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A holistic approach to cancer treatment

Paoli Hospital September 1, 2015 Wellness Articles

In recent years, there has been much research that finds that cancer treatment and recovery is more than just a physical process.

“Although many people think of a cancer diagnosis and recovery as just a physical process, there have been many studies that show that emotional and spiritual wellness play a very important role in physical health,” explains Sue Zuk, RN, MSN, Director of the Cancer Center of Paoli Hospital.

Now, instead of just offering chemotherapy, radiation, and other traditional methods of cancer treatment, hospitals and major cancer treatment centers are taking a holistic approach to treating cancer. Below, Zuk explores some of the options available today, and how they’re improving the lives of cancer patients.

Art and music therapy

As anyone who has been affected by cancer knows, it can be an all-consuming disease. Art and music therapy, both offered at Paoli Hospital, aim to change that.

“Art and music therapy can be offered in a one-on-one or a group setting, depending on the environment, and many patients appreciate the ‘distraction’ from their everyday dealings with cancer treatment, symptoms, and the like,” says Zuk.

But spending time in art and music therapy doesn’t just provide a welcome distraction for cancer patients—it has health benefits, too. Both have been shown to relieve stress, anxiety, and depression, and music therapy has also been linked to a lower heart rate, blood pressure, and breathing rate, as well as reduced pain, nausea, and vomiting as a result of cancer treatment.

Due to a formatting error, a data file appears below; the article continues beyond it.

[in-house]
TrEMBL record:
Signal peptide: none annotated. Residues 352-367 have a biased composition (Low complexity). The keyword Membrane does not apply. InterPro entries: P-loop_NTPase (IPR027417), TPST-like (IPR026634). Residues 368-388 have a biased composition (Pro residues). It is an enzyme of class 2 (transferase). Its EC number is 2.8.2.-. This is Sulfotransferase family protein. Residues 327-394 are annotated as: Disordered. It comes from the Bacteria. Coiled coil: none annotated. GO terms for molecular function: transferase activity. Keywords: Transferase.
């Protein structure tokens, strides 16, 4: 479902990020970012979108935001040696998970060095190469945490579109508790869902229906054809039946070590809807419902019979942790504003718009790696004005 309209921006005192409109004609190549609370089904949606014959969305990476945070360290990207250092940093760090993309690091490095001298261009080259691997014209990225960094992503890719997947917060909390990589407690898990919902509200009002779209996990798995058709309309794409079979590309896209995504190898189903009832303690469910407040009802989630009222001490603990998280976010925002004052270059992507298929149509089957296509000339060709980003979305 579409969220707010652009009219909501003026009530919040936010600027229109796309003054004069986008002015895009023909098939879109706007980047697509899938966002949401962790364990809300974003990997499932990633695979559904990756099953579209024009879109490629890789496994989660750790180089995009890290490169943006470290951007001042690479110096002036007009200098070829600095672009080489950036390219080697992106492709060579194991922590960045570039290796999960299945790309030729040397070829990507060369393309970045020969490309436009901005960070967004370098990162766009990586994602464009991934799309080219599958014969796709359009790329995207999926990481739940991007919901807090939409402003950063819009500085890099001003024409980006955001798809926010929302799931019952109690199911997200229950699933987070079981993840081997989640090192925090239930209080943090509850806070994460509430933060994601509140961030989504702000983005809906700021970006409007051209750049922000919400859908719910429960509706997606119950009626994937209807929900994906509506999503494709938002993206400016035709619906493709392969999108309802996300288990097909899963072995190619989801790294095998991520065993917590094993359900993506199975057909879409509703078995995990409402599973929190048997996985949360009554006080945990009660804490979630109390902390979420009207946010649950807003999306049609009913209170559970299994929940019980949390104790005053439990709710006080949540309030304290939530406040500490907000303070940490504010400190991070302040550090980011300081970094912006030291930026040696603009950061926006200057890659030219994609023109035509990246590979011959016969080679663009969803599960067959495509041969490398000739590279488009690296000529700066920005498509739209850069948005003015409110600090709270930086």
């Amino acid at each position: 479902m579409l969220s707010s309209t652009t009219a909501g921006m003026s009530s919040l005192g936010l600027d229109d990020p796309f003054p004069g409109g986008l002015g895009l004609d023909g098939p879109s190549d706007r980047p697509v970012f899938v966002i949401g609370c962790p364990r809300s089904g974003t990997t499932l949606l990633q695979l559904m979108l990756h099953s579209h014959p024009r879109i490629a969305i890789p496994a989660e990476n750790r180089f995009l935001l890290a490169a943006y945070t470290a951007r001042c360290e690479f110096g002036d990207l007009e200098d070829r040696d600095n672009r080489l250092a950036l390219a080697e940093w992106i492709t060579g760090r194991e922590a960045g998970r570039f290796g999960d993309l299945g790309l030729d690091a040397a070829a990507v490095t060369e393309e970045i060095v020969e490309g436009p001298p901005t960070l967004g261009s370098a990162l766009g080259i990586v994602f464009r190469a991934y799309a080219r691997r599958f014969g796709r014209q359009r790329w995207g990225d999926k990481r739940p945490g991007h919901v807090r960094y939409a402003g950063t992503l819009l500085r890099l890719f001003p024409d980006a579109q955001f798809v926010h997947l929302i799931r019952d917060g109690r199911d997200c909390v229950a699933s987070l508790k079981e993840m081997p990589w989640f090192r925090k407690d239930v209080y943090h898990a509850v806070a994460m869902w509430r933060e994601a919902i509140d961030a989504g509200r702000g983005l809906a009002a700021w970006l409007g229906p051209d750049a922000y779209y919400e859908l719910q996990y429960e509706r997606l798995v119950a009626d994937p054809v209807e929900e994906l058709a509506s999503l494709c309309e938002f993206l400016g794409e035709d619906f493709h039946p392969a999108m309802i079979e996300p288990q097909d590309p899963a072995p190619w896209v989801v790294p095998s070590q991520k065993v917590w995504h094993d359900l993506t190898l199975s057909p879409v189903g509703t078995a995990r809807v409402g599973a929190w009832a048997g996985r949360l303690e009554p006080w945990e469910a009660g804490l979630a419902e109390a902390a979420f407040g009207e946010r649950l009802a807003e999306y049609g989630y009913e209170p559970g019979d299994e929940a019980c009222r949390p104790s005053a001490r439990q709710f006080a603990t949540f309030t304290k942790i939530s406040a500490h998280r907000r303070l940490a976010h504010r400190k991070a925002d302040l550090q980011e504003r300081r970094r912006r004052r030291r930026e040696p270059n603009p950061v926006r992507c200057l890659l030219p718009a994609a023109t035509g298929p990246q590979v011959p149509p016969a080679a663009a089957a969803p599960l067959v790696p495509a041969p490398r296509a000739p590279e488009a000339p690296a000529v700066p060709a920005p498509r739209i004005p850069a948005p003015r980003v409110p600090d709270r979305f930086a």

Nutrition and exercise

Just as diet plays an important role in keeping you healthy before cancer, it plays an important role in keeping you healthy during cancer treatment and recovery. Although new studies seem to come out every day about a new diet that prevents cancer or lowers your risk, Zuk says the best diet to follow during cancer treatment and after is one rich in fruits, vegetables, nuts, lean meats, and whole grains. For more specific nutritional needs, your physician may also be able to recommend a dietitian or nutritionist to work with you during your treatment.

Not only is exercise safe during cancer treatment, it’s recommended. Regular exercise has been shown to reduce fatigue, anxiety, and self-esteem, as well as improve muscle strength and blood flow. Of course, exercise can sometimes be easier said than done for cancer patients and survivors.

“Everyone who has or has had cancer has different abilities when it comes to physical exercise, so it’s important to find a routine that meets your capabilities and that you are physically able to do and feel comfortable with,” says Zuk.

The best approach, she says is to start simple. Many men and women who are have cancer or in a survivorship program choose to start with gentle aerobic exercises like walking, chair yoga, or tai chi. Before you begin any fitness program, talk to your oncologist or a physical therapist about what is safe for you.

Massage, acupuncture and reiki

For patients and their families, cancer can be a stressful disease. But thanks to a new emphasis on treatments like massage, reiki, and acupuncture, more patients are tapping into the power of touch to capitalize on its relaxing benefits.

Massage and reiki, though slightly different in their techniques, offer a number of benefits for patients, many of which vary from patient to patient and tend to be emotional, rather than physical. Both practices have been said to reduce stress and anxiety, and promote spiritual and mental balance. In addition, massage can reduce fatigue and improve circulation, a particularly important factor for cancer patients or survivors who develop lymphedema.

While massage and reiki focus especially on the emotional and spiritual aspects of cancer, acupuncture offers physical benefits.

“Acupuncture is a very popular practice for patients who are undergoing cancer treatment because it reduces many of the unpleasant physical side effects, like nausea, fatigue, and headaches,” says Zuk.

Before you head to a local masseuse or acupuncture clinical, says Zuk, be sure to talk to your oncologist or care team. They can recommend a professional who has experience working with cancer patients.

Main Line Health has four dedicated Cancer Centers dedicated to the early detection, treatment, and prevention of breast, prostate, colorectal, lung, and other cancers. Visit our website to learn more about Main Line Health cancer services.